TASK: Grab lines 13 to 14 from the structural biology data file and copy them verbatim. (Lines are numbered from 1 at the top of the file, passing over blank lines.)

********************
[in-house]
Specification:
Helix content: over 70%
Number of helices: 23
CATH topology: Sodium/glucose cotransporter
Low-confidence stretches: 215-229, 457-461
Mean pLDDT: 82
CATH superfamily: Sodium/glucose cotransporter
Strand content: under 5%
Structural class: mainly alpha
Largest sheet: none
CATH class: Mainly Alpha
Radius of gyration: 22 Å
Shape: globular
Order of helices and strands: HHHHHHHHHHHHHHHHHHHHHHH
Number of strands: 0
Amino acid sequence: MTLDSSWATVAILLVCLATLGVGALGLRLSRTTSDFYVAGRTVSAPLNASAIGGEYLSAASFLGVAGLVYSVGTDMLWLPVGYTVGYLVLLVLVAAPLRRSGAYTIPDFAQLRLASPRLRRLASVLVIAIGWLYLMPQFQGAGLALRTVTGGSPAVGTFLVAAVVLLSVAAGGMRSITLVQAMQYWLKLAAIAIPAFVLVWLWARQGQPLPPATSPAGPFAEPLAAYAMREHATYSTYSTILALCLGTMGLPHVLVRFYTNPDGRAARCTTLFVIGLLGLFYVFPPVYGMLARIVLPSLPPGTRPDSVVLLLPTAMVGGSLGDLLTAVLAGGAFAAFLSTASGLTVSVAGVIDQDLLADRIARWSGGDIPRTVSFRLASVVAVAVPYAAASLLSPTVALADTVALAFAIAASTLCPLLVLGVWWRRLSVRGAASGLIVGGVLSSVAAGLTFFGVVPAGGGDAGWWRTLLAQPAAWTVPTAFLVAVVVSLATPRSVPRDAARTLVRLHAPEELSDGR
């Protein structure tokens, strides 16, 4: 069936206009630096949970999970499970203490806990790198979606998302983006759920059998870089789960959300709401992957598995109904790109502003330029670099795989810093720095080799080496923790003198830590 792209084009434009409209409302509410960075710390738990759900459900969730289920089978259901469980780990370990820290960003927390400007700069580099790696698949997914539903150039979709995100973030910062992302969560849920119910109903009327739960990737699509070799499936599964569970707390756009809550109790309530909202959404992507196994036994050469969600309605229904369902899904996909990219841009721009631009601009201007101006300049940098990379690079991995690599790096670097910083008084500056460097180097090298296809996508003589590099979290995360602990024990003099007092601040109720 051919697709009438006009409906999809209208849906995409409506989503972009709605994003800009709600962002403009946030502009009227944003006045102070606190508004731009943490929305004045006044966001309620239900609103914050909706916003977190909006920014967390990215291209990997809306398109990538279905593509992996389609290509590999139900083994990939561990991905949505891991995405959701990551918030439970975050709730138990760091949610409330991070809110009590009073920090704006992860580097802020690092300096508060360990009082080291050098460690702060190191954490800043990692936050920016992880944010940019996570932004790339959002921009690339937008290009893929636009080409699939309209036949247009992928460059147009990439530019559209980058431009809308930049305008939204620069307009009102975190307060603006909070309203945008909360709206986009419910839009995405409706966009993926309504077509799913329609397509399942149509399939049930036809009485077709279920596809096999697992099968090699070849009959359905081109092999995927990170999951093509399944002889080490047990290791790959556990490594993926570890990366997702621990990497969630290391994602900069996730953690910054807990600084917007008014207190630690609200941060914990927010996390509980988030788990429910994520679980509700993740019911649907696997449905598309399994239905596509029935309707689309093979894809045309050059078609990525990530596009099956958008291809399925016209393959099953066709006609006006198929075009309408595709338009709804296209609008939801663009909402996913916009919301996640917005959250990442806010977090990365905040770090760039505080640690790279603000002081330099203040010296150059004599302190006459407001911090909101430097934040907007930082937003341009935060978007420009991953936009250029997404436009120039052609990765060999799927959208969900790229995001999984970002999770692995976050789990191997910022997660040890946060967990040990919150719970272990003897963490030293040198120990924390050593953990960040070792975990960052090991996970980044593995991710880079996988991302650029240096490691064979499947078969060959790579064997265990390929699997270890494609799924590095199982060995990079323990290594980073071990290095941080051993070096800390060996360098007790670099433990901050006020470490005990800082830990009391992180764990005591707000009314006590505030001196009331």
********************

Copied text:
Radius of gyration: 22 Å
Shape: globular